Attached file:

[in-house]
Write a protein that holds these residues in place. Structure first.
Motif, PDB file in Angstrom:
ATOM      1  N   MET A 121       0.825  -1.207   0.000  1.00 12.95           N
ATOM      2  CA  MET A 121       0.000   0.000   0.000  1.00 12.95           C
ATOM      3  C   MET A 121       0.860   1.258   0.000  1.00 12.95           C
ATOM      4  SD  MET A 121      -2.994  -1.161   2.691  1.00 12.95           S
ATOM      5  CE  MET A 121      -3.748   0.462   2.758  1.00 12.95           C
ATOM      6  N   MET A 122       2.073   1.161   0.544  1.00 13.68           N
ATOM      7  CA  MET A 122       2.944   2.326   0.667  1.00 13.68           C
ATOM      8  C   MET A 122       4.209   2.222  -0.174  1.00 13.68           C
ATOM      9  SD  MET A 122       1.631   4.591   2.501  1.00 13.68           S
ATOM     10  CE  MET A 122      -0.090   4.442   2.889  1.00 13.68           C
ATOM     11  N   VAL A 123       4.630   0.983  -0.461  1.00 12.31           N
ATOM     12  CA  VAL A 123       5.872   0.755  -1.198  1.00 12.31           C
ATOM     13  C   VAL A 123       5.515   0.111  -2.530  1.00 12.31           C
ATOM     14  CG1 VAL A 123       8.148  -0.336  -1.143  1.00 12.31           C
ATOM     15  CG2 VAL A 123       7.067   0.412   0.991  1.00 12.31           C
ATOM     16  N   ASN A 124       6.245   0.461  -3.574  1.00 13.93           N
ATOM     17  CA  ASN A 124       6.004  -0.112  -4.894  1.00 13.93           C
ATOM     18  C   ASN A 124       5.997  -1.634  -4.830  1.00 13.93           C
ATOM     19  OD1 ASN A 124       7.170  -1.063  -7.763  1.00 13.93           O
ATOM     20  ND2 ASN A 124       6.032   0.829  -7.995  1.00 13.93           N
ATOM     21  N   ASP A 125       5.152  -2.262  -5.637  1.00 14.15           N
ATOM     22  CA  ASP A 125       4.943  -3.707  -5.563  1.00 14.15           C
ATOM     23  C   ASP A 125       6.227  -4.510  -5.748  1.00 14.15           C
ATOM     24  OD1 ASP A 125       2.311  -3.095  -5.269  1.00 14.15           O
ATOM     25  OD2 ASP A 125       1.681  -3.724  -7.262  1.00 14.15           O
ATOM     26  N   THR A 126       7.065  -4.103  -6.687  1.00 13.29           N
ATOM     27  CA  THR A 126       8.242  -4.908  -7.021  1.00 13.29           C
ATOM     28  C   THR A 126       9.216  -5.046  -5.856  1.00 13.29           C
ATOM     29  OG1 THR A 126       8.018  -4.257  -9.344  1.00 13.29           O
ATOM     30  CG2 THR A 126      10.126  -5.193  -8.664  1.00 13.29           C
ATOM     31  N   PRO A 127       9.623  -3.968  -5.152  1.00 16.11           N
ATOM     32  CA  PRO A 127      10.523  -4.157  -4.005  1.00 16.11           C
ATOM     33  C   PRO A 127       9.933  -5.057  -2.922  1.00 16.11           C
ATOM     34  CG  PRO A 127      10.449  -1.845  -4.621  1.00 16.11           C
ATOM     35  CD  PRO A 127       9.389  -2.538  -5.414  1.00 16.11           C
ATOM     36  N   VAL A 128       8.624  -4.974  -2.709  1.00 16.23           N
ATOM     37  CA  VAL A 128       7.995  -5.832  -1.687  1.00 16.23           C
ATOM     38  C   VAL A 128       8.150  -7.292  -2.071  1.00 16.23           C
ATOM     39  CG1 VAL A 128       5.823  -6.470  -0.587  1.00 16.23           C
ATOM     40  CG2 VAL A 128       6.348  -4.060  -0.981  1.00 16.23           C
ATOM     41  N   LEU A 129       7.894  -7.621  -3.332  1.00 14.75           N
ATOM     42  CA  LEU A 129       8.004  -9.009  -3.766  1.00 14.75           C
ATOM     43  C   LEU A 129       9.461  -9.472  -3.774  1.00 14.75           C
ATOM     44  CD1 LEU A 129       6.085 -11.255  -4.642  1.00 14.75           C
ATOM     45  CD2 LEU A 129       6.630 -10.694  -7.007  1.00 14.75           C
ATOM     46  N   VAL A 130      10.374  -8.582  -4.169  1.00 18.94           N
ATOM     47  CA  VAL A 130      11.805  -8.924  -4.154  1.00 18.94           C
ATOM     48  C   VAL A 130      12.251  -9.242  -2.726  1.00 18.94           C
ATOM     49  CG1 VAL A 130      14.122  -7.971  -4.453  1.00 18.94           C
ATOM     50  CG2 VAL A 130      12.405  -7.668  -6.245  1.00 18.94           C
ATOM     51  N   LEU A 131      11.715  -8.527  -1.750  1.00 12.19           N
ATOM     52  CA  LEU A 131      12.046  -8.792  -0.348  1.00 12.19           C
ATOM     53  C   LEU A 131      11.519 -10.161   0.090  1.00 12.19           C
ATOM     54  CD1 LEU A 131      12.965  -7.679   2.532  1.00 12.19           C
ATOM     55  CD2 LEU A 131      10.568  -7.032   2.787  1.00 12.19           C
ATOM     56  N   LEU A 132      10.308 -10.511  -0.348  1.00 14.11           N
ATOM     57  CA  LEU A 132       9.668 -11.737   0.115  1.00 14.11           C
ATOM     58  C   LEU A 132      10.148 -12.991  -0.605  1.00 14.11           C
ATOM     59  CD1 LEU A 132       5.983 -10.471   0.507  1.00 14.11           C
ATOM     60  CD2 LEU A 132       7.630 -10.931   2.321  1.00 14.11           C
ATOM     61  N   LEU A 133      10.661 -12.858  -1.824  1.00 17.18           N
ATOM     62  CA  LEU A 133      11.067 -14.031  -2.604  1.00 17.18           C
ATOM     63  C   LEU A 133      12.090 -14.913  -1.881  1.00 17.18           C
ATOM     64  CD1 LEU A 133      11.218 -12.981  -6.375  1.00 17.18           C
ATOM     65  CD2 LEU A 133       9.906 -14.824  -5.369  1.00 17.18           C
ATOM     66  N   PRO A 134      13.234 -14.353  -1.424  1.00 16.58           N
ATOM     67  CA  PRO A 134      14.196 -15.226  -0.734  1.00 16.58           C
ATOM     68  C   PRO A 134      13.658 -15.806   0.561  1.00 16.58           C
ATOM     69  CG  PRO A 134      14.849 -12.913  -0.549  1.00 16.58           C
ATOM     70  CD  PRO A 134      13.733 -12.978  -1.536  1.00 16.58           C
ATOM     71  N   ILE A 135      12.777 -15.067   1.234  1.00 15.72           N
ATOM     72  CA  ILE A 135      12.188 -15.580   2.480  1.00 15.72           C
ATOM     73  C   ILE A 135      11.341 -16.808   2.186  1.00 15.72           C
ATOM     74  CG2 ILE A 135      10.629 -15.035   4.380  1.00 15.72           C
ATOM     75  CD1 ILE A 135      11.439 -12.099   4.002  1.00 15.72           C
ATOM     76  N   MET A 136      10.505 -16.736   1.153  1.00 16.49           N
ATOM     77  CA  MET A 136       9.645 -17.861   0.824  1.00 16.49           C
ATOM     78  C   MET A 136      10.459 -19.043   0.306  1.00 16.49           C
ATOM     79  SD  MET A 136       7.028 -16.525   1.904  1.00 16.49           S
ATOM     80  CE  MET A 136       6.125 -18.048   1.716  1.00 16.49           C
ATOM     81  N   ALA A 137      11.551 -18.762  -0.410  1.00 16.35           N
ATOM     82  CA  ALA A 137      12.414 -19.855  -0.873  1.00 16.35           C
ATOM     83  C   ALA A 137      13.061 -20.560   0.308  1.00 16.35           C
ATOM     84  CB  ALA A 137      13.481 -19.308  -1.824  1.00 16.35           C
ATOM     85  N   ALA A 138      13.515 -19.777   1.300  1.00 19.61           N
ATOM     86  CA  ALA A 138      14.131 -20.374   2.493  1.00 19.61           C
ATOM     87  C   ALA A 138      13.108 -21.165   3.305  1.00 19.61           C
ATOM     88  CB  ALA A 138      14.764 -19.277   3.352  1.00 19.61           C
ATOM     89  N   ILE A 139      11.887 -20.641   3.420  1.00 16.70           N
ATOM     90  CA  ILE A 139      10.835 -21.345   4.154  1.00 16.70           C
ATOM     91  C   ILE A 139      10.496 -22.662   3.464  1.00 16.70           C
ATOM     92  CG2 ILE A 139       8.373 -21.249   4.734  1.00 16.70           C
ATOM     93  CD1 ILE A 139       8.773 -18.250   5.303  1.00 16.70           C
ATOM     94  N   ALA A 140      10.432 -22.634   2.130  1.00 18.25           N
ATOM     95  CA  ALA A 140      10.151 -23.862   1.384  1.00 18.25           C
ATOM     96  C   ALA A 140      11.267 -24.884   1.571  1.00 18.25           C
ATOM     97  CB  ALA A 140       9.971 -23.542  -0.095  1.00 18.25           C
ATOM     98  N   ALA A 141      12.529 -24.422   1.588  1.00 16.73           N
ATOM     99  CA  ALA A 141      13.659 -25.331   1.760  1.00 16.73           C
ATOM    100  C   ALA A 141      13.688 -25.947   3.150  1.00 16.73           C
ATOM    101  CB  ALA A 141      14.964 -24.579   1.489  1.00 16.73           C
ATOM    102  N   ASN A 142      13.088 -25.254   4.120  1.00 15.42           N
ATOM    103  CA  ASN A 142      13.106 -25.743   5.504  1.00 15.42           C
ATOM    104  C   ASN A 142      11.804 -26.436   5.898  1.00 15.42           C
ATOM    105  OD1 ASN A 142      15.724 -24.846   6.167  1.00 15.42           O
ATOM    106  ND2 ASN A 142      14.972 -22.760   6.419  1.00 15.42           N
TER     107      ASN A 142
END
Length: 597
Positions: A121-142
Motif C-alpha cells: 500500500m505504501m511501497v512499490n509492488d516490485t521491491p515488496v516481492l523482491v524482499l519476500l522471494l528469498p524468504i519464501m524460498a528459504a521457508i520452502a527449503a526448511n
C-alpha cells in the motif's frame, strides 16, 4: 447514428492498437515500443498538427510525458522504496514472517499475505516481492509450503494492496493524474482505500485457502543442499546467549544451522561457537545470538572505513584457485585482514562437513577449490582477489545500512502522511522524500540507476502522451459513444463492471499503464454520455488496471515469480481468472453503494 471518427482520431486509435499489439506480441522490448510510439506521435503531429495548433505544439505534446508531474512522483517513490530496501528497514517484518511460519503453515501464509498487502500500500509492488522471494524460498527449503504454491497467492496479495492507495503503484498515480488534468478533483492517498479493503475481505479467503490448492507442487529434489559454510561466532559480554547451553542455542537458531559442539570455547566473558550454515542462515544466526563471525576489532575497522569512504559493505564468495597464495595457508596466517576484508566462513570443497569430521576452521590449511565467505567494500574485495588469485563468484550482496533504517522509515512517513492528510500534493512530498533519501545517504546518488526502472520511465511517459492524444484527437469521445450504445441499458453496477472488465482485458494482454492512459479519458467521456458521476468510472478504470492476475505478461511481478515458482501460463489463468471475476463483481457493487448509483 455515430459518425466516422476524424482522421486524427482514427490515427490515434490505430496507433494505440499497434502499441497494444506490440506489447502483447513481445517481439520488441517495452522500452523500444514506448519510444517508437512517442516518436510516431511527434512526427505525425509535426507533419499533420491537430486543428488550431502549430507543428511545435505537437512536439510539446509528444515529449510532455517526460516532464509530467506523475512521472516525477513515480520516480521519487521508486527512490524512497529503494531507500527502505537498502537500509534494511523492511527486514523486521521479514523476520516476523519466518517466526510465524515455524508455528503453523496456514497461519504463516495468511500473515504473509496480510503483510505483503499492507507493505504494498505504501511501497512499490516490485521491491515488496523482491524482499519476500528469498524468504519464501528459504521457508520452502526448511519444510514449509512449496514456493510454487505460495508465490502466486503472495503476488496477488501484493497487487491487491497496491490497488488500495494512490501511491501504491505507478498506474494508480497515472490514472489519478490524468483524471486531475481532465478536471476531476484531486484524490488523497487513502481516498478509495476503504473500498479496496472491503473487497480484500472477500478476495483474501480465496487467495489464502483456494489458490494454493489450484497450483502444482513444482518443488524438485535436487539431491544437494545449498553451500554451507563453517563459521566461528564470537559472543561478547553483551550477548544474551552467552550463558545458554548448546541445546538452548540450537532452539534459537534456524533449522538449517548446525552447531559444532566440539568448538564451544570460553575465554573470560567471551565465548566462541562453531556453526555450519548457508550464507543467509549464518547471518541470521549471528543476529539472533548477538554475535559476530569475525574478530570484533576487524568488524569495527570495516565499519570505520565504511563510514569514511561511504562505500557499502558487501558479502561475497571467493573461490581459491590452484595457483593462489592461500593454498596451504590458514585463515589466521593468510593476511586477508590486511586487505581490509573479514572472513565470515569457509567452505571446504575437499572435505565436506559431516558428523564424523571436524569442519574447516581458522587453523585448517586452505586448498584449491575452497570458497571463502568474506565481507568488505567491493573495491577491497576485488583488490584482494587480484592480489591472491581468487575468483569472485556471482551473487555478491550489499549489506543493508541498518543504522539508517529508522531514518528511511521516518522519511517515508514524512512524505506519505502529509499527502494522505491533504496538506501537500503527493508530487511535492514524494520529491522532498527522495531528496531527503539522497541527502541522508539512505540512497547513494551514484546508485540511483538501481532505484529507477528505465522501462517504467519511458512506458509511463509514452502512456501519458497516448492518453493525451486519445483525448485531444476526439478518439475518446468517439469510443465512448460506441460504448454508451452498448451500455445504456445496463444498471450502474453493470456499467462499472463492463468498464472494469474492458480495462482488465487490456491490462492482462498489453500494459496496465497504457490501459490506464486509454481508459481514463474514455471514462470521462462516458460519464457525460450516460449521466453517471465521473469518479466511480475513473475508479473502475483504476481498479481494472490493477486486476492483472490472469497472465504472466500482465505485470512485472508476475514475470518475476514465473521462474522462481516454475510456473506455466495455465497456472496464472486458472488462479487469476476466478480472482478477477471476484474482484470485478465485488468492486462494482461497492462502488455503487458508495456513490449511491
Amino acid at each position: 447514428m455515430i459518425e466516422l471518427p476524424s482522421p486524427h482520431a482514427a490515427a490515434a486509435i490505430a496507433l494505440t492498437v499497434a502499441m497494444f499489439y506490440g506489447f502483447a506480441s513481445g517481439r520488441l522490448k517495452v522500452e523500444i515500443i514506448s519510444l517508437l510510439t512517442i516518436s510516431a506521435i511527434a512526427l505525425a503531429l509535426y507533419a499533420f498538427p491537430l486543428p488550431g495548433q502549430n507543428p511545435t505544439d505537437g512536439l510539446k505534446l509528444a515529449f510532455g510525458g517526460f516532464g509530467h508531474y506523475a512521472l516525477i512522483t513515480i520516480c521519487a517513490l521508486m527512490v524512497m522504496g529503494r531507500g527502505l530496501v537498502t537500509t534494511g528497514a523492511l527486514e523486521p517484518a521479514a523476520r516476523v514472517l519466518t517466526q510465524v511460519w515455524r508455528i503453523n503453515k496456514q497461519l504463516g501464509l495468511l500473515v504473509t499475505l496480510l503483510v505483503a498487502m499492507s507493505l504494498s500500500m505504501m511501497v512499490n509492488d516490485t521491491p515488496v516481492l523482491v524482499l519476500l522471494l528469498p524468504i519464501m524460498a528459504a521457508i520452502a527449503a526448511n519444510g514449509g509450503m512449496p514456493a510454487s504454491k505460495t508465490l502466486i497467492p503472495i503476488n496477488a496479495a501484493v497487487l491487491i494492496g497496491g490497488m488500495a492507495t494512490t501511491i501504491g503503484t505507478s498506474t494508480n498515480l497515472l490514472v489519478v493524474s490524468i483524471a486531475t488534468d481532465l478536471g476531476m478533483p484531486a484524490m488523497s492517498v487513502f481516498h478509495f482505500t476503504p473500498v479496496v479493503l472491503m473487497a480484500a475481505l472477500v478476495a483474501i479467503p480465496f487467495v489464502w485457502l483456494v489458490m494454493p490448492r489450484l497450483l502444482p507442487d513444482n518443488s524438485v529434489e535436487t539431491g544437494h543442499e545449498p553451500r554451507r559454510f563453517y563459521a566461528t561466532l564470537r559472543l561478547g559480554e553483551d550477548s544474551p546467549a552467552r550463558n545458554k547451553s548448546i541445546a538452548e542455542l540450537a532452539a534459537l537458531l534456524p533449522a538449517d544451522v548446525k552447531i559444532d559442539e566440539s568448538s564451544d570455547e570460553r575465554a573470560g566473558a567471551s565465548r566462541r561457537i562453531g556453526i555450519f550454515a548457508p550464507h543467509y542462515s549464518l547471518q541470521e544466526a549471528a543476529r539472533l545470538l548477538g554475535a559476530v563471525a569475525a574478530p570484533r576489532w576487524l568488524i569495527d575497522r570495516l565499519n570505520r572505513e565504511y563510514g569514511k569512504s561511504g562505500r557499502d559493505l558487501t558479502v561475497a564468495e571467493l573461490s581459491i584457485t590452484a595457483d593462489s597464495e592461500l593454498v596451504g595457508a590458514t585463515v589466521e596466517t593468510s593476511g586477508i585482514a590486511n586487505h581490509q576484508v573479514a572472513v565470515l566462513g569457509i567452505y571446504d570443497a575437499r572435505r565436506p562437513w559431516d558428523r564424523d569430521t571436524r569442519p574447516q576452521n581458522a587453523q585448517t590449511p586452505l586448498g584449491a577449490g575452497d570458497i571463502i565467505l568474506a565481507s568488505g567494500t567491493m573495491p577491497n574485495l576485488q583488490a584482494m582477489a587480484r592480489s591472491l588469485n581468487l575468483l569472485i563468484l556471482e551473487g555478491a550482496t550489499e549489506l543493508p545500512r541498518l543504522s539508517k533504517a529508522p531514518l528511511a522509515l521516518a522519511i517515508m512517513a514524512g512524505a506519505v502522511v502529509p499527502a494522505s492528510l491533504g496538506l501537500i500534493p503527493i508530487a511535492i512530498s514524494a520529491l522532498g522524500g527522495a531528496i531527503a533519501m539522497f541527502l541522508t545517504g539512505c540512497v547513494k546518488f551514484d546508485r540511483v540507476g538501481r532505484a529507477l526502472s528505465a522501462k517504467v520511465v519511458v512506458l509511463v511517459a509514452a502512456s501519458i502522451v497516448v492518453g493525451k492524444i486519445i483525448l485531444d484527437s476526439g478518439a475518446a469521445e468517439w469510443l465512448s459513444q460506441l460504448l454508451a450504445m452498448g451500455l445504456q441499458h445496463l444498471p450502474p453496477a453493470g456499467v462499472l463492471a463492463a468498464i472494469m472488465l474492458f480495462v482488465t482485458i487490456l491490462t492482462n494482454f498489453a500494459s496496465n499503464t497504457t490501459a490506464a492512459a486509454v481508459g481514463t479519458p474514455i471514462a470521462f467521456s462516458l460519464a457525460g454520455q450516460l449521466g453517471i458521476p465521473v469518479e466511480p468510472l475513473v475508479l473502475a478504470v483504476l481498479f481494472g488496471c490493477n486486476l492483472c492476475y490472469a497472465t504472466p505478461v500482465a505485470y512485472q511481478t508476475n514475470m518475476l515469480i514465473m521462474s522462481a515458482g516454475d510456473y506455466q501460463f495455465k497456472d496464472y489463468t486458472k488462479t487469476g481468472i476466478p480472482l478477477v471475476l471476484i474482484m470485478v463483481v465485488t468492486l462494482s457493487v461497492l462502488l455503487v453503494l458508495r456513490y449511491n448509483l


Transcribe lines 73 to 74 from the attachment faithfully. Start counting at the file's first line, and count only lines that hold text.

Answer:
ATOM     70  CD  PRO A 134      13.733 -12.978  -1.536  1.00 16.58           C
ATOM     71  N   ILE A 135      12.777 -15.067   1.234  1.00 15.72           N